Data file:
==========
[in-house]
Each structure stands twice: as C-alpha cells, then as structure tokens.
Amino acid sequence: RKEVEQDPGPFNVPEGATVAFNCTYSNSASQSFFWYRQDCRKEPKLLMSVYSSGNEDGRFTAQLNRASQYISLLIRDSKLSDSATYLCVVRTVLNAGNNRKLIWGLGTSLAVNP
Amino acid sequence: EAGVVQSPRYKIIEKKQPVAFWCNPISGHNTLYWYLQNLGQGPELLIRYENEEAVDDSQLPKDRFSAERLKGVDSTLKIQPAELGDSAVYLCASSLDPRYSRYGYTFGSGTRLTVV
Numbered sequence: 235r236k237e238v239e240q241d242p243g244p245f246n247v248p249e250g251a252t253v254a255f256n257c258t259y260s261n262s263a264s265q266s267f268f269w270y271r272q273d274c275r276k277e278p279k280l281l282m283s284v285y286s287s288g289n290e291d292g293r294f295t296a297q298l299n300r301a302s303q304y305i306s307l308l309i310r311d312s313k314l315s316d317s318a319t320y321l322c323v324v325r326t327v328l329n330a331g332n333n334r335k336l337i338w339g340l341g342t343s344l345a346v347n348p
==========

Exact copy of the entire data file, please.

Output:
[in-house]
Each structure stands twice: as C-alpha cells, then as structure tokens.
Amino acid sequence: RKEVEQDPGPFNVPEGATVAFNCTYSNSASQSFFWYRQDCRKEPKLLMSVYSSGNEDGRFTAQLNRASQYISLLIRDSKLSDSATYLCVVRTVLNAGNNRKLIWGLGTSLAVNP
Amino acid sequence: EAGVVQSPRYKIIEKKQPVAFWCNPISGHNTLYWYLQNLGQGPELLIRYENEEAVDDSQLPKDRFSAERLKGVDSTLKIQPAELGDSAVYLCASSLDPRYSRYGYTFGSGTRLTVV
Numbered sequence: 235r236k237e238v239e240q241d242p243g244p245f246n247v248p249e250g251a252t253v254a255f256n257c258t259y260s261n262s263a264s265q266s267f268f269w270y271r272q273d274c275r276k277e278p279k280l281l282m283s284v285y286s287s288g289n290e291d292g293r294f295t296a297q298l299n300r301a302s303q304y305i306s307l308l309i310r311d312s313k314l315s316d317s318a319t320y321l322c323v324v325r326t327v328l329n330a331g332n333n334r335k336l337i338w339g340l341g342t343s344l345a346v347n348p